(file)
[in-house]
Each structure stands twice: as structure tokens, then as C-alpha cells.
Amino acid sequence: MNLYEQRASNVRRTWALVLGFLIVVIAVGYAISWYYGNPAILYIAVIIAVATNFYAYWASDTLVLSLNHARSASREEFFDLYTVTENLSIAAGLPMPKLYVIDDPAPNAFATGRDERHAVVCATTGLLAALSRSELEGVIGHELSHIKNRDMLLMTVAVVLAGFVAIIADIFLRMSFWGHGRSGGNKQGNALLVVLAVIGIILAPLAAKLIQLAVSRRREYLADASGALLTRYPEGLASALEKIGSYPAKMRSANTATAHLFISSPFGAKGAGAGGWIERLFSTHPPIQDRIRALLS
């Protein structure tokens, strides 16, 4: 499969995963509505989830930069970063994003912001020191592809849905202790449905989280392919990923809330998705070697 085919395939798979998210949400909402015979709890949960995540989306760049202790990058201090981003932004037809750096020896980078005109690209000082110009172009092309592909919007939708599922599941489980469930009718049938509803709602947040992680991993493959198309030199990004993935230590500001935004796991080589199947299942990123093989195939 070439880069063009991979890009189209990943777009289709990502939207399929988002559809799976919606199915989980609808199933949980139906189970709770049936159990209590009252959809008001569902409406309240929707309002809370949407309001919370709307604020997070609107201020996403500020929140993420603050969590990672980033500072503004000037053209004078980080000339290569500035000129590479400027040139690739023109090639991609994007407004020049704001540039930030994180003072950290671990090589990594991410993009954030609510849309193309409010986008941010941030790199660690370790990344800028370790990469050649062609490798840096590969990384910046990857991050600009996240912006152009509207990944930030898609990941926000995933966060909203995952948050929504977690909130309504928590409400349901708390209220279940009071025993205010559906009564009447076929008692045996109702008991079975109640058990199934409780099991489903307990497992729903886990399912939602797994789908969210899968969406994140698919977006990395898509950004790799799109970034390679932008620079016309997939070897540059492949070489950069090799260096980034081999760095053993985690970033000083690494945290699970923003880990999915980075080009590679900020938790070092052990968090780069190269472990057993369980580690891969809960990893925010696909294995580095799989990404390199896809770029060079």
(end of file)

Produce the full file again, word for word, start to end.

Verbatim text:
[in-house]
Each structure stands twice: as structure tokens, then as C-alpha cells.
Amino acid sequence: MNLYEQRASNVRRTWALVLGFLIVVIAVGYAISWYYGNPAILYIAVIIAVATNFYAYWASDTLVLSLNHARSASREEFFDLYTVTENLSIAAGLPMPKLYVIDDPAPNAFATGRDERHAVVCATTGLLAALSRSELEGVIGHELSHIKNRDMLLMTVAVVLAGFVAIIADIFLRMSFWGHGRSGGNKQGNALLVVLAVIGIILAPLAAKLIQLAVSRRREYLADASGALLTRYPEGLASALEKIGSYPAKMRSANTATAHLFISSPFGAKGAGAGGWIERLFSTHPPIQDRIRALLS
């Protein structure tokens, strides 16, 4: 499969995963509505989830930069970063994003912001020191592809849905202790449905989280392919990923809330998705070697 085919395939798979998210949400909402015979709890949960995540989306760049202790990058201090981003932004037809750096020896980078005109690209000082110009172009092309592909919007939708599922599941489980469930009718049938509803709602947040992680991993493959198309030199990004993935230590500001935004796991080589199947299942990123093989195939 070439880069063009991979890009189209990943777009289709990502939207399929988002559809799976919606199915989980609808199933949980139906189970709770049936159990209590009252959809008001569902409406309240929707309002809370949407309001919370709307604020997070609107201020996403500020929140993420603050969590990672980033500072503004000037053209004078980080000339290569500035000129590479400027040139690739023109090639991609994007407004020049704001540039930030994180003072950290671990090589990594991410993009954030609510849309193309409010986008941010941030790199660690370790990344800028370790990469050649062609490798840096590969990384910046990857991050600009996240912006152009509207990944930030898609990941926000995933966060909203995952948050929504977690909130309504928590409400349901708390209220279940009071025993205010559906009564009447076929008692045996109702008991079975109640058990199934409780099991489903307990497992729903886990399912939602797994789908969210899968969406994140698919977006990395898509950004790799799109970034390679932008620079016309997939070897540059492949070489950069090799260096980034081999760095053993985690970033000083690494945290699970923003880990999915980075080009590679900020938790070092052990968090780069190269472990057993369980580690891969809960990893925010696909294995580095799989990404390199896809770029060079």